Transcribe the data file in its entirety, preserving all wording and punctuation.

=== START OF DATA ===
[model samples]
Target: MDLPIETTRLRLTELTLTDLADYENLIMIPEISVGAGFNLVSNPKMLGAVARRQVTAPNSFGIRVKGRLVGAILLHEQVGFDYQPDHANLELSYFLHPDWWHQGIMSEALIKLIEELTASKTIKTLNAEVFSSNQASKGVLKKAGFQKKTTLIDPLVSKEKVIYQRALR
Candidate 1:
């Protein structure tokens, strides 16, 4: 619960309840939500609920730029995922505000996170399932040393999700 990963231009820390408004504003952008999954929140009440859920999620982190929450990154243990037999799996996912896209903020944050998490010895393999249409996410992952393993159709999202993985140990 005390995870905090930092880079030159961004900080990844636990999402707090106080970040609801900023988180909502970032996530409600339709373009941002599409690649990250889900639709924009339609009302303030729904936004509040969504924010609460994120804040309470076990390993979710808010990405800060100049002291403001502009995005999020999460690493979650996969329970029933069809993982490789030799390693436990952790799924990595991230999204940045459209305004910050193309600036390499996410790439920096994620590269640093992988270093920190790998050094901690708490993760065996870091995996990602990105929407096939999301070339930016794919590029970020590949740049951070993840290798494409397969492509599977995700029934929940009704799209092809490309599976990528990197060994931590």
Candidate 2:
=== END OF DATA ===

[model samples]
Target: MDLPIETTRLRLTELTLTDLADYENLIMIPEISVGAGFNLVSNPKMLGAVARRQVTAPNSFGIRVKGRLVGAILLHEQVGFDYQPDHANLELSYFLHPDWWHQGIMSEALIKLIEELTASKTIKTLNAEVFSSNQASKGVLKKAGFQKKTTLIDPLVSKEKVIYQRALR
Candidate 1:
């Protein structure tokens, strides 16, 4: 619960309840939500609920730029995922505000996170399932040393999700 990963231009820390408004504003952008999954929140009440859920999620982190929450990154243990037999799996996912896209903020944050998490010895393999249409996410992952393993159709999202993985140990 005390995870905090930092880079030159961004900080990844636990999402707090106080970040609801900023988180909502970032996530409600339709373009941002599409690649990250889900639709924009339609009302303030729904936004509040969504924010609460994120804040309470076990390993979710808010990405800060100049002291403001502009995005999020999460690493979650996969329970029933069809993982490789030799390693436990952790799924990595991230999204940045459209305004910050193309600036390499996410790439920096994620590269640093992988270093920190790998050094901690708490993760065996870091995996990602990105929407096939999301070339930016794919590029970020590949740049951070993840290798494409397969492509599977995700029934929940009704799209092809490309599976990528990197060994931590």
Candidate 2: